The Internet killed (and changed) a lot of businesses (or at least made life for these much, much harder). Listening to music, reading books, shopping --- all of these can be done online, but let's not forget that it changed even the sleaziest of industries as well: the adult film industry, and apparently, people are making a lot of money off of it (without showing any skin) as well.
Last last year, there was news that adult film sites could now change their Internet domain from ".com" to ".xxx" and now that it's been launched, people are registering domains prefixed with famous brand names and celebrities in an effort to sell it to the actual owner of the name.
The World Intellectual Property Organization (WIPO) says that among the complainants were banks and an online shopping operation. We see how cybersquatters are seeing this as an opportunity to make money. If you owned a bank, you'd try to protect it as much as you could and you'd probably move heaven and earth to keep it away from being remotely associate with a dot-triple x domain suffix. Enter cybersquatters, who would sleazify even the most serious and professional of banks by registering their name and then, when contacted by the owner, sell it at an exorbitant price.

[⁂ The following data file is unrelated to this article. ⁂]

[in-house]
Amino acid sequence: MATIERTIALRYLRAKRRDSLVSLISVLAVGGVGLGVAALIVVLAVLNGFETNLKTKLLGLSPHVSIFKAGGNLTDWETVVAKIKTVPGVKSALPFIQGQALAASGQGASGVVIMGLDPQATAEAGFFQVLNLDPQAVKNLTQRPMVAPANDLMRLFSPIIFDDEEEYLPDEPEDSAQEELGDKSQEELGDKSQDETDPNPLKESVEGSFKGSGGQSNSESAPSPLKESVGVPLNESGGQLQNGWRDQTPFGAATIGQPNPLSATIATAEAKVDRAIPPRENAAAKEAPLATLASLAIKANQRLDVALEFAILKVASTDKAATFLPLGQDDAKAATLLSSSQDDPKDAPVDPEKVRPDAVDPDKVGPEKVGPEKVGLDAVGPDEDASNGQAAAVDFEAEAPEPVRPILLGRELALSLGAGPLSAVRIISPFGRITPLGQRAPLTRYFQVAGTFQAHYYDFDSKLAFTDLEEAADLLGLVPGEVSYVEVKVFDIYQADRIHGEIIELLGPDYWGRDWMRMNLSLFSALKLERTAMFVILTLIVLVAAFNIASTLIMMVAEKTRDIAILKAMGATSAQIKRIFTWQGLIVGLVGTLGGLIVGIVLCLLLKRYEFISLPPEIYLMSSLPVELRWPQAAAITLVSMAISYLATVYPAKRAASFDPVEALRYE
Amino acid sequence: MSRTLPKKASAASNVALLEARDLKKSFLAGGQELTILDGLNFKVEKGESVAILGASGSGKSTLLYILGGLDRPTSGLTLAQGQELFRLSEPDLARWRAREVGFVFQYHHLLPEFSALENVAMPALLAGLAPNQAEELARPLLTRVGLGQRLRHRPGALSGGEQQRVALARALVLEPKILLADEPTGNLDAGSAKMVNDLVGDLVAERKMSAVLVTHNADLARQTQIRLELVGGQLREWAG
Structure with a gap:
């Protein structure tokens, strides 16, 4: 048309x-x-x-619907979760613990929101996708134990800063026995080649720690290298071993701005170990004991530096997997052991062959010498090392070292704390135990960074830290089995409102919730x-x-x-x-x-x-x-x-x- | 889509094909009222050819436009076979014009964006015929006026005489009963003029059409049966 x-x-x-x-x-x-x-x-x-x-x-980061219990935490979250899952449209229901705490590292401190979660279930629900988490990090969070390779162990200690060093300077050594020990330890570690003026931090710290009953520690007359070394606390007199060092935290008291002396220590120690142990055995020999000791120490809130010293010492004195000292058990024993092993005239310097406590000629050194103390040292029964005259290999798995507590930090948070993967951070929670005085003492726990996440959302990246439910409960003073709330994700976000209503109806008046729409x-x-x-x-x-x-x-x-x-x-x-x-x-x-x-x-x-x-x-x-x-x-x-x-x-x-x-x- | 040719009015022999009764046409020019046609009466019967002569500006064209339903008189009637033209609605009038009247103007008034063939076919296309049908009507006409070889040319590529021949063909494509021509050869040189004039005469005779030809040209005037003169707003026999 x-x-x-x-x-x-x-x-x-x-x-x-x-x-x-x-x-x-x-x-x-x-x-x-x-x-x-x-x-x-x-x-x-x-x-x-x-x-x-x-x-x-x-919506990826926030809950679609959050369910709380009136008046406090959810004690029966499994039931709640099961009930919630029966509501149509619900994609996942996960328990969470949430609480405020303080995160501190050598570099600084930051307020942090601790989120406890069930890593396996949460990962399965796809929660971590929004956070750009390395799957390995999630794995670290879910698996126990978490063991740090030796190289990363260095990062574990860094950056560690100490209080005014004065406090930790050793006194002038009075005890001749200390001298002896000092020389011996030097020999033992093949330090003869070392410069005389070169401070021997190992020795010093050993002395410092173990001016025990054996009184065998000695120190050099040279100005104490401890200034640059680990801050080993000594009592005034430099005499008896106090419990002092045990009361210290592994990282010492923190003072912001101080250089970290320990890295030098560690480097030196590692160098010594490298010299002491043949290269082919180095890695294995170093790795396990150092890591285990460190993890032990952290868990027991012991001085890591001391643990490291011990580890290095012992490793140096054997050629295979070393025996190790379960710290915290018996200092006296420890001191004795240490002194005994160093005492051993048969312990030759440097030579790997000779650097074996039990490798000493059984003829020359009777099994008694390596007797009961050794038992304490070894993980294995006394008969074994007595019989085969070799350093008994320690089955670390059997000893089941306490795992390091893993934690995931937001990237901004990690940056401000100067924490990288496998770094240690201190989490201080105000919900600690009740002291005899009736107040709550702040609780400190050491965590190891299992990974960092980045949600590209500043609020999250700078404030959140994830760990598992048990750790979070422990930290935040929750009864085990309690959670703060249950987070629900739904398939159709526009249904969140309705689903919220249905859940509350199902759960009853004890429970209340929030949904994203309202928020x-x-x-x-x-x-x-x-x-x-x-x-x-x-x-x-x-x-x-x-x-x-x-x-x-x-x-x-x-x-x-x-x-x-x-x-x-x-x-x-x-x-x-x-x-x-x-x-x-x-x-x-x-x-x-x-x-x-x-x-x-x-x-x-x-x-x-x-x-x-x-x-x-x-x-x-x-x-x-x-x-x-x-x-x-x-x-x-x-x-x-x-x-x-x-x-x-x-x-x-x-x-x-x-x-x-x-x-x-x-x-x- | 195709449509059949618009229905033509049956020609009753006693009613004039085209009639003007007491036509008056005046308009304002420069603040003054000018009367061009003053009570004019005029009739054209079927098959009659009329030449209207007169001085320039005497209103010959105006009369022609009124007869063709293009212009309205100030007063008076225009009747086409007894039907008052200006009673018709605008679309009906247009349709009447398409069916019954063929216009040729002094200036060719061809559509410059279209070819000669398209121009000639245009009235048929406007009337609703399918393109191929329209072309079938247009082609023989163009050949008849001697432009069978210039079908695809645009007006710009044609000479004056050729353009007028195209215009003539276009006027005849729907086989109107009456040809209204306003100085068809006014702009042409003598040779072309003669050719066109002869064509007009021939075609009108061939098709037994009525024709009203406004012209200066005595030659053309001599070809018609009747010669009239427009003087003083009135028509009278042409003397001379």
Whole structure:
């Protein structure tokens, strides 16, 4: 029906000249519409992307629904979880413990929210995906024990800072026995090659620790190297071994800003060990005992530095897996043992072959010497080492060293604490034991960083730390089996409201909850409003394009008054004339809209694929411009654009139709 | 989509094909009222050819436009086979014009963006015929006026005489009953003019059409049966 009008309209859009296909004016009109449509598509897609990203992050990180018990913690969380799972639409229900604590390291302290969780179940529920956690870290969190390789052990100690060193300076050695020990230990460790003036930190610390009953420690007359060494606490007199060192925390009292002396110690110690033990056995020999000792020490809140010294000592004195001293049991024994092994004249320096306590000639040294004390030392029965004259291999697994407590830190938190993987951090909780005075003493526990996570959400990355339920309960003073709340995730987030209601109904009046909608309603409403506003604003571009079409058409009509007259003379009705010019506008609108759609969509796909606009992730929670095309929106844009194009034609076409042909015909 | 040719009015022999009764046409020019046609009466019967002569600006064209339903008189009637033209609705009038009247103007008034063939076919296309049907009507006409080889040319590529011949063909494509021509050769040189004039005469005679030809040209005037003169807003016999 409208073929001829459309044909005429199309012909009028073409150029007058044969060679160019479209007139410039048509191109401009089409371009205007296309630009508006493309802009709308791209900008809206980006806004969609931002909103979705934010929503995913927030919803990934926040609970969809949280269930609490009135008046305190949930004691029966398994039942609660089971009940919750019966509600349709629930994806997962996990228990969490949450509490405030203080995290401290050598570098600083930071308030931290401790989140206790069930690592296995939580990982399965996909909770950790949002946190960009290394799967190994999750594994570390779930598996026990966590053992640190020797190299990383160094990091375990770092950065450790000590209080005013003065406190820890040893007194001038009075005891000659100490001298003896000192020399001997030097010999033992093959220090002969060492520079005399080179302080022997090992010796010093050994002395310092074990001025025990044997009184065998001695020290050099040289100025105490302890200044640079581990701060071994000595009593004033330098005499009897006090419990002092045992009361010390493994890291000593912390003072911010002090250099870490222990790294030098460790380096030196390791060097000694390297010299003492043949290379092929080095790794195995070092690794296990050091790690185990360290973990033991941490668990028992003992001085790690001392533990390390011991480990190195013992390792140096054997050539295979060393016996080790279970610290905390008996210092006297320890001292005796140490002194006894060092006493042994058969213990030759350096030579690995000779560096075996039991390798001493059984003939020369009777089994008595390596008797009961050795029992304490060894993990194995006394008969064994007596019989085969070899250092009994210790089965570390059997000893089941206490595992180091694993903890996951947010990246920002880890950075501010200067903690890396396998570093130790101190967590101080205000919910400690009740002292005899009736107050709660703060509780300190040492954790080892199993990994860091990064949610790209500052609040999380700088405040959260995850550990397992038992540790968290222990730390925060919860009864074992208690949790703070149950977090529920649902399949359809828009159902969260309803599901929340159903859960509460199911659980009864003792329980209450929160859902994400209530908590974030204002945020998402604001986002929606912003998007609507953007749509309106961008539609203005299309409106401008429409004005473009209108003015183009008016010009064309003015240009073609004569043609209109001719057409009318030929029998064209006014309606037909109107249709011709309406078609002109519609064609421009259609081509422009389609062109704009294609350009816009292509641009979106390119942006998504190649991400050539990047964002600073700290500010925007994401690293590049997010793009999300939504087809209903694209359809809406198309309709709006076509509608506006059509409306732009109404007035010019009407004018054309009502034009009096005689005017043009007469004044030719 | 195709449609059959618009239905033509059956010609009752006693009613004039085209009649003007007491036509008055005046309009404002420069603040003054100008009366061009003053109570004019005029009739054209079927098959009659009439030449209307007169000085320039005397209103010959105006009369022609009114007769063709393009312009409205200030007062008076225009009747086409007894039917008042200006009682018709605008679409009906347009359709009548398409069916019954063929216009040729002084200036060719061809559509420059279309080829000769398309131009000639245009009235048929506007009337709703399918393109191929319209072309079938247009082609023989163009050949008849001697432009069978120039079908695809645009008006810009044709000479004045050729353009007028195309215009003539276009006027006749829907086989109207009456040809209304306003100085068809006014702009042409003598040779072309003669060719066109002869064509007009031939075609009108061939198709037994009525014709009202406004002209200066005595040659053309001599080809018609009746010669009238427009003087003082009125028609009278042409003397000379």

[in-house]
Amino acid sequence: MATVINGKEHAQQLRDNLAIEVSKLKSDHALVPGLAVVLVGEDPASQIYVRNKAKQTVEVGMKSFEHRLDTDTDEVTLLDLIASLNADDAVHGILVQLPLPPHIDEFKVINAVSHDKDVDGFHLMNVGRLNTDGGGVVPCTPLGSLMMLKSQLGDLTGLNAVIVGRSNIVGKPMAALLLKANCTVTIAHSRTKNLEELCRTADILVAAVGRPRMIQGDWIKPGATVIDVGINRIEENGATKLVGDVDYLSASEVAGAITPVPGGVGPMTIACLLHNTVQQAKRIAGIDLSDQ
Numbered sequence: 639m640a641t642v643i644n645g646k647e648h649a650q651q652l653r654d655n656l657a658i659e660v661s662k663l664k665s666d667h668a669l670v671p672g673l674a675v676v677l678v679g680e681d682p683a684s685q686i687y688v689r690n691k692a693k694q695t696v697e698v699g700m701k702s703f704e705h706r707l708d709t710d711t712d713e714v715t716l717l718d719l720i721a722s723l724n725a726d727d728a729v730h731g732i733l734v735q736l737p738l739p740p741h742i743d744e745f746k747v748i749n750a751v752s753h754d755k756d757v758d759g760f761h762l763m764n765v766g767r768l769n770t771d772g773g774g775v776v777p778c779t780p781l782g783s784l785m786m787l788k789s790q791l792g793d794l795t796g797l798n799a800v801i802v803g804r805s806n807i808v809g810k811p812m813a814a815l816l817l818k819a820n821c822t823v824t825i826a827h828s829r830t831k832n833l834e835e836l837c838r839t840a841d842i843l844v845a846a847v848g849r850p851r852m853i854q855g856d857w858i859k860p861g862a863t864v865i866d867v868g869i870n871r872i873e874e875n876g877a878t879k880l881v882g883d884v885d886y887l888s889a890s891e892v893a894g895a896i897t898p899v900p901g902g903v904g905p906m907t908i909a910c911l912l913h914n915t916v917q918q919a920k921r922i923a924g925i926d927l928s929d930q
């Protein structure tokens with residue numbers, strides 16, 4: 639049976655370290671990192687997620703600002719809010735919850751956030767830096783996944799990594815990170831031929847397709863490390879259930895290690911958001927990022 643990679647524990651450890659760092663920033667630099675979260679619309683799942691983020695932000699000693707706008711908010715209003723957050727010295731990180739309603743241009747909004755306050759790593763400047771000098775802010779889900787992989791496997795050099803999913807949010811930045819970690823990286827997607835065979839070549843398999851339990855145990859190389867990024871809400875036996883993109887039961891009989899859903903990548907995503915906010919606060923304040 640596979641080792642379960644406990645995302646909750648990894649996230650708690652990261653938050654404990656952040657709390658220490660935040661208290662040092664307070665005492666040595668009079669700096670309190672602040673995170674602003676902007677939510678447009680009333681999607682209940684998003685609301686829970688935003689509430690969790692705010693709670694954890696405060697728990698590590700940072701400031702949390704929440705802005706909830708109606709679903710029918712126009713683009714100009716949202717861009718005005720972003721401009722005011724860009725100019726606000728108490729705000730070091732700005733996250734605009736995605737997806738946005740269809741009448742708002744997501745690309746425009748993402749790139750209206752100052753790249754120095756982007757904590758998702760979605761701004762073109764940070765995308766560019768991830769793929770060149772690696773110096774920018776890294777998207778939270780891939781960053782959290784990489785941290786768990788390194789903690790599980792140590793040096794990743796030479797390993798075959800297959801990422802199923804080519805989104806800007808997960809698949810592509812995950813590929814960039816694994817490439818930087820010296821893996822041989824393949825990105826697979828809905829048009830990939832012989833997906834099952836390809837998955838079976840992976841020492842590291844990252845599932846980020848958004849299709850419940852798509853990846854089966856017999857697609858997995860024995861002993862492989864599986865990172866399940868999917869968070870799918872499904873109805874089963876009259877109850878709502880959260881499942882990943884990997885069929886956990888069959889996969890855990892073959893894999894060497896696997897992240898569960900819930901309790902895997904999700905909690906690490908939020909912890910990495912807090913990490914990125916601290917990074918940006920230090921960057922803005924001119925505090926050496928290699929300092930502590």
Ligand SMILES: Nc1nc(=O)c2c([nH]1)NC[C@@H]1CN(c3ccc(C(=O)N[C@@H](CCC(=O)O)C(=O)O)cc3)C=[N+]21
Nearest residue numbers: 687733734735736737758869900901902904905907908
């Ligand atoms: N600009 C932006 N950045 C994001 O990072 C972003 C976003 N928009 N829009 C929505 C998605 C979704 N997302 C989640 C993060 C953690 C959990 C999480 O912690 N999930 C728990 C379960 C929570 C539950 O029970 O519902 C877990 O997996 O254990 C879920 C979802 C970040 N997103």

A more wholesome example would be the people who bought Adora.com and are offering to sell it at the low, low price (sarcastic tone) of US$300,000 (about P12.9 million). Our best guess is to the owner of Adora.ph, the luxury department store located in Greenbelt 5. The Adora.com owner certainly wasn't shy about using the Adora.ph logo on its page.
Sometimes these things have a happy ending (no adult joke there) like in the case of the guy who bought pizza.com for $20 back in 1994 and ended up selling it in 2008 for a whopping $2.6 million (over P100 illion) after he found out that vodka.com sold for a little over that amount.
But back to the problem at hand. The triple x domain was created to make access to adult websites more manageable around the web---the biggest democracy in the world. The problem here lies in adult content providers registering a .xxx but also keeping a .com domain as well.
We'll have to check if cybersquatting was included in our local cybercrime bill currently pending in the Senate, and will keep you Techies updated on the deets as they come in.